Future of Watermans arts centre uncertain

Image above: Impression of the proposed design for the new Watermans

Watermans redevelopment highlighted as a ‘red risk’ in planning report

The future of Watermans arts centre in Brentford is to be discussed at tomorrow’s LB Hounslow Cabinet meeting (14 November).

The existing riverside site is due for demolition and redevelopment as flats as part of the Brentford town redevelopment and the arts centre is scheduled to move to a bigger venue in Brentford, in the old police station.

The Cabinet will be discussing the borough’s Delivery Plan, looking at the progress made on various major projects. The Delivery Plan identifies potential risks associated with ongoing projects, including concerns about inflation, increased material costs, supply chain and labour shortages, heightened borrowing expenses, delays in utility connections, and power supply adequacy.

The construction of 105 new flats and 484m2 of retail space, combined with the development of the new arts centre within a seven-storey block, has been classified as a ‘red risk’ in the report.

Image above: Watermans, as it is currently by the riverside in Brentford

Work must start by April 2024

Approval for the project was granted in 2021, allowing for the transformation of the former police station and the relocation of the existing riverside centre. The proposed Watermans arts centre was designed to feature a larger theatre, two cinemas with a gallery for film festivals, and space for a café/restaurant, totalling 2,776m2. No provision for car parking is included in the plans.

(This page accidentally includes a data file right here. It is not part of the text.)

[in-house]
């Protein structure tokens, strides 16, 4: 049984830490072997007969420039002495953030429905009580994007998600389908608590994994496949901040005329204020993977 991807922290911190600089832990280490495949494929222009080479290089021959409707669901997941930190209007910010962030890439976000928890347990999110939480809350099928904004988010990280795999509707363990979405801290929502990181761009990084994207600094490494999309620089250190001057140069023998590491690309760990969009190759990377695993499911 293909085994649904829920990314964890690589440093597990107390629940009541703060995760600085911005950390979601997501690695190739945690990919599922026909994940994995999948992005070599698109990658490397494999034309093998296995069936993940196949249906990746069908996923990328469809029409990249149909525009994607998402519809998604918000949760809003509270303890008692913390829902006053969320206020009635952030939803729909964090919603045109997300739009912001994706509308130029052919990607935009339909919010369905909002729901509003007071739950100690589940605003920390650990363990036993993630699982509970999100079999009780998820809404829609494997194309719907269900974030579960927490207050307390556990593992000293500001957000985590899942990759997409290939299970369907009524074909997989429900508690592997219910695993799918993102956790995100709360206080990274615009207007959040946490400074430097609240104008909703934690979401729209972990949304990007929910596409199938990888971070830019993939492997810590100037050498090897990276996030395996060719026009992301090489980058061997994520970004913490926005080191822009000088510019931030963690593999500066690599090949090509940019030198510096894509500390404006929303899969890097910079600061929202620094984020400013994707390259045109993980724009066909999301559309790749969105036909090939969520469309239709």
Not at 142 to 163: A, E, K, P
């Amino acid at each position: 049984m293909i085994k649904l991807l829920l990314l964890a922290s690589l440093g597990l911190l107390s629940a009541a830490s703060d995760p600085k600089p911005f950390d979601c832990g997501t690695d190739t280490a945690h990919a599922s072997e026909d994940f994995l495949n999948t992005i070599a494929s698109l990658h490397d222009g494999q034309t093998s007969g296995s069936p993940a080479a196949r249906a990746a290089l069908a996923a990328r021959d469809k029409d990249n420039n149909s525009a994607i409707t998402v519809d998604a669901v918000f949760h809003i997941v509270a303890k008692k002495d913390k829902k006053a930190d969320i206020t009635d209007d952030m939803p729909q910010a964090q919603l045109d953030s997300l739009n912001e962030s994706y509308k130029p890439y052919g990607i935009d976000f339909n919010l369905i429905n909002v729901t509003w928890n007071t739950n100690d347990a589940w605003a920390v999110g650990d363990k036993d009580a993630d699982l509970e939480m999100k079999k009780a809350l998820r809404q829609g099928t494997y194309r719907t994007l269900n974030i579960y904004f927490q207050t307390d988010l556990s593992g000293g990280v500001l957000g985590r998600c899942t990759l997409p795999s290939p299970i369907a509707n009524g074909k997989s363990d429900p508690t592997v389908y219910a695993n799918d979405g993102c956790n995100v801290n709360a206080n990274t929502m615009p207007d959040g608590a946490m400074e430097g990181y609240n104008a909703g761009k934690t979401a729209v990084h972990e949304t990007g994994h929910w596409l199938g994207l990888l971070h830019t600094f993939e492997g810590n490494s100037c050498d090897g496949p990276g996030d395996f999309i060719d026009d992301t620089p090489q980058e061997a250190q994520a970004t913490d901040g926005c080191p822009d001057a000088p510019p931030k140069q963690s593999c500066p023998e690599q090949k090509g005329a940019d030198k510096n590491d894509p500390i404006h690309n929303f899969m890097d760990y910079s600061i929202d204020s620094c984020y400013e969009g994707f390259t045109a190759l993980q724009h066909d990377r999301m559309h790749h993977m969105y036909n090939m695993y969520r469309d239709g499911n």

The Albany Riverside development, planned for the site of the current arts centre and the former Max Factor offices, encompasses 193 units in buildings ranging from six to seven storeys. Progress on this development hinges on the completion of the Watermans arts centre at the Half Acre site, a critical component of the affordable housing scheme.

As with all building projects, it has faced escalating costs, which led the Council’s Cabinet to approve recommendations in July to address the funding gap and look for ways to improve the scheme’s viability. A crucial requirement is that work must commence within three years of approval. The permission will lapse in April 2024.

Image above: River-facing side of impression of proposed designs for redevelopment